d) Freshwater records of many Mediterranean migratory marine fish are increasing; Of course, the lines are not black and white. Many fish that grow only in marine waters are included in the freshwater list (eg, mullet and eel). And this inclusion of migratory fish is common in most inland wildlife assessments around the world. Some marine fish are common, widespread, and often found in pure freshwater conditions (also called transitional waters) rather than brackish estuaries. According to our 2007 inventory estimates, at least 55 "marine" species are frequent migrants or transients in transitional waters (estuarines, coastal swamps, etc.). So we need to work on the criteria for including the most common and widespread sea crossings in the list of inland waters. I'm sure this will add dozens more fish to the freshwater list within a decade.

Therefore, those aged 160 and 47 are only endemic to Hellas.

What will we do now?

Web-based fish monitoring tool:

We are now building a custom website with all photos/pictures of Greek inland fish. In addition, information on identification, distribution, storage and common names has been added (we have made special efforts to support common name standardization). Web-based tools will also be included in English. The first phase of the project will air after June 2016. So stay tuned for IMBRW:

The Fish Watchlist booklet can be downloaded for free in PDF format at and hard copies can be ordered for library and academic use. The . object

You can order the book for free if you send us a friendly message:

c/o Mrs. Sofia Giakoumi,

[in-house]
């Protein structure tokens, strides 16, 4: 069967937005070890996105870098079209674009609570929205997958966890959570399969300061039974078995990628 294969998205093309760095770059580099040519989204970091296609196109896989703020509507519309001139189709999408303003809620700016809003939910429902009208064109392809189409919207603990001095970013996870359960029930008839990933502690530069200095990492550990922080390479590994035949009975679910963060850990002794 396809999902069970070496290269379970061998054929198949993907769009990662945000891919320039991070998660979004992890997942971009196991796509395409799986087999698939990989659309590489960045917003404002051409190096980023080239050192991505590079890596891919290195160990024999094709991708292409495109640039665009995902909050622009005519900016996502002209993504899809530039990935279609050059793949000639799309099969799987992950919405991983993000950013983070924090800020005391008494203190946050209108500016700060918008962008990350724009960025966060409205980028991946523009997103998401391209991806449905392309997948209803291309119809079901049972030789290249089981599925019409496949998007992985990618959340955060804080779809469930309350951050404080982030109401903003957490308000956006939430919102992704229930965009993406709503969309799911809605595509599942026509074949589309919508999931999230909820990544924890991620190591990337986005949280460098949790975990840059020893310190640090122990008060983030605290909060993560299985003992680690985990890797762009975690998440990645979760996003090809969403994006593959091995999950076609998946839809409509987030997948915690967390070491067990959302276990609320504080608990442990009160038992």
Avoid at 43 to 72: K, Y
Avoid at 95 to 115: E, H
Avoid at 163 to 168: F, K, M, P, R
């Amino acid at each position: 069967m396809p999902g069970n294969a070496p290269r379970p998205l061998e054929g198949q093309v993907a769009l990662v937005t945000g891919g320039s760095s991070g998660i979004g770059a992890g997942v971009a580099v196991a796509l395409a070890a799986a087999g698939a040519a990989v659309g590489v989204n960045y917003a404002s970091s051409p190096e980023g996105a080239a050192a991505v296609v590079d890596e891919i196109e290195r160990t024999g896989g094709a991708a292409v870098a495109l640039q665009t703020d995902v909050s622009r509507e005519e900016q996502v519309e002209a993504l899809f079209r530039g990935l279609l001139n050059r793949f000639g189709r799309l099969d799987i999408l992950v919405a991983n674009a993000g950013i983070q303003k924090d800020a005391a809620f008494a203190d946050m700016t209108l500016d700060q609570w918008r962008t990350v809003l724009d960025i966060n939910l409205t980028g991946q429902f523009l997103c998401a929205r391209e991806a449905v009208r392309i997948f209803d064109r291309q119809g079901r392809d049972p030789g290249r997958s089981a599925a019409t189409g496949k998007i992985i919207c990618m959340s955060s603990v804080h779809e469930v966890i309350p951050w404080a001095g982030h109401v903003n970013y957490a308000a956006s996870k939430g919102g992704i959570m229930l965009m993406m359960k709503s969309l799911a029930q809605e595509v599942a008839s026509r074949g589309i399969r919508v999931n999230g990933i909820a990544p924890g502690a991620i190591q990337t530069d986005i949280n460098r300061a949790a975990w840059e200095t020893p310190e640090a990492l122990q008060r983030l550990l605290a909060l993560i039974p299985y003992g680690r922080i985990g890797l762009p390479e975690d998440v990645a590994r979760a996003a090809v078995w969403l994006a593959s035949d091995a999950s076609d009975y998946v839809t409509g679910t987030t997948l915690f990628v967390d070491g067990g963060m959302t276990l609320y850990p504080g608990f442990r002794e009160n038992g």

Institute of Marine and Inland Biological Sciences - IMBRIW
46.7 km Athens-Sounio, Anavissos, Attiki, GR-19013 Greece
Phone: +30 22910 76393
Aoos River near the Greco-Albanian border: Over the last 10 years, several new species have recently been named and considered in this river. We still have doubts about the valid names of at least some species ( Squalius, Chondrostoma ). Research is needed to clarify the taxonomy of this world-class fish fauna area.
Without genetic research, it would no longer be possible to identify most of the trout species in Greece. There are five native species of trout. Unfortunately, these fish are genetically destroyed by unregulated breeding practices. Harvested fish sometimes show deformities caused by birth (see upper dorsal fin of Acheloos fish caught near the village of Anthousa in 2007).

The endangered Boeotian rifle ( elestes beoticus ). This species has a very narrow distribution and appears to require good water flow - perhaps less frequently than we think. More research is urgently needed. (Photo taken in Livadia in the valley of the Kiffisos river).
One of the most mysterious fish in this part of the world is the Atlantic Anadromo sea lamprey. It was caught by a spear fisherman in Kefalonia. We have anecdotal evidence that fish in the Louros River can spawn elsewhere. It is a protected species and very rare in Greece. (Photo by Tassa Gouzi (Τάσσα), from Kefalonia, downloaded from: The findings are published at .